Babes Ride Out

BRO5 | A 3 Day Love Affair With the Triumph Thruxton

REVIEWSAnya Violet
 Photo by Tamara Raye for Motorcycle.com

Photo by Tamara Raye for Motorcycle.com

I have had my eye on the Triumph Thruxton ever since it was first released. A major redesign in 2016 introduced us to upgraded suspension and brakes and the body styling also has a new look. I’m not going to lie, I am pretty shallow when it comes to motorcycles and am easily dazzled by a good lookin’ bike. Before you turn the key and you hear the growl of the engine all you have to go off of is looks. Well, the Thruxton is a looker for sure! It would wink at me from across the room at the local dealerships. The sleek aerodynamic lines and upswept exhaust give the bike an overall more aggressive personality, even a bit cocky one might say. I think the allure came because I could really visualize myself on the bike just by looking at it. Entire riding fantasies of twisty back roads and deep turns filled my head before I even sat on it. Ok ok, enough about the looks. I finally got the opportunity to ride this beast at Babes Ride Out 5!!!

I was a little nervous, like a first date. Maybe because it was actually my first time on a Thruxton all together and the Thruxton name is about as legendary as it gets.  In 1951, the once Royal Air Force base (Thruxton Airfield) became a civilian airfield and was established to host 6 motorcycle race events as a part of the Festival of Britain. A 1.9 mile circuit became home to 15 years of legendary racing that afforded Triumph 19 out of 45 podium places over the years. The Thruxton model started as a souped-up race version of the Bonneville but in May of 1965 the first batch rolled off the production line.  The Thruxton name is synonymous with Triumph’s racing success throughout generations and here it was, the latest and greatest sitting in the driveway. It was like a blind date where your friend hypes up the dude so much that you have no option but to be semi-disappointed when you meet him. Well, I was not!

Being a Bonneville rider I was expecting a bit of an adjustment as I got comfortable with the more aggressive race position on the bike. Lower handlebars and rear sets had me positioned in a way that you feel a lot more at one with the bike which I liked instantly. Turning the key and firing it up, I was impressed to hear a more rich bass exhaust sound that only added to my excitement. I took off through Joshua Tree in search of a stretch of uninhabited backroad where I could open it up. That wasn’t hard to find and a with a twist of the throttle I could feel the thrill encompass my whole body. I sensed myself going in to the adrenaline fueled head space that comes during a race. Yes, it is up to the rider to push the bike to its limits during a race but isn’t the bikes job to inspire the rider to push themselves just as hard. While I am having this nostalgic and extremely nerdy moment with the Thruxton I realized that I am not racing, I am just cruising down a desert road and I need to chill.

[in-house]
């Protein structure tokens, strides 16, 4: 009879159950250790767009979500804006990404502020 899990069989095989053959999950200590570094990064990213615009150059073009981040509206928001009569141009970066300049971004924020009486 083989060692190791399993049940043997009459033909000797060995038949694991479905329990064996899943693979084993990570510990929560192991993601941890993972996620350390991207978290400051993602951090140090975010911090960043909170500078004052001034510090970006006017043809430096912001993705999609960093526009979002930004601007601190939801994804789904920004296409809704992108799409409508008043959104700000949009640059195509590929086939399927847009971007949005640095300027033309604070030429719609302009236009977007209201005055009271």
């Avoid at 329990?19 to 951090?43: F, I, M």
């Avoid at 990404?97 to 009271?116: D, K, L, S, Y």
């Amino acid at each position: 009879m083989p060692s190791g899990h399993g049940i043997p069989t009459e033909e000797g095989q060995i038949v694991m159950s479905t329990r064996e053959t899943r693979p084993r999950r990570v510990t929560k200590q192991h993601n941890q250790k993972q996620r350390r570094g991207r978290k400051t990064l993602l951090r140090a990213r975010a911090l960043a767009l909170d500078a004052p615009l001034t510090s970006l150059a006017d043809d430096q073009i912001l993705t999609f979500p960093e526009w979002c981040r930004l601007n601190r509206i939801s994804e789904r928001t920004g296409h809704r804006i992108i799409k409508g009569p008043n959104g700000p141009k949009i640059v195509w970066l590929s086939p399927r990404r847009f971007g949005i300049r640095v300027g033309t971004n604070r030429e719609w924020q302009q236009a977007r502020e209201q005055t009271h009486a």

Throughout the weekend I was constantly in search of winding roads with great turns and wide open straightaways. The Thruxton is extremely agile with sharp handling no matter what the road throws at you, even in a little bit of dirt. The bike feels stable and with 1200 cc’s worth of power and 6 gears it left nothing to be desired. This is the kind of bike that may or may not kill your romantic relationships because you just would rather hang out with it than anyone else. It understands you and is there for you no matter what kind of mood you’re in. All jokes aside, the Thruxton is the kind of bike that pushes you to ride faster and harder than you normally do. At least, that’s what it did for me. I had the most fun on it when I was riding solo and able to ride at whatever pace I felt like. I am already looking forward to my second date with the Thruxton R. I think we really have something together.   

To read more about the Triumph Thruxton  click HERE

To test ride the Thruxton  at your local dealer click HERE

 photo by Heidi Zumbrun

photo by Heidi Zumbrun

 photo by Heidi Zumbrun

photo by Heidi Zumbrun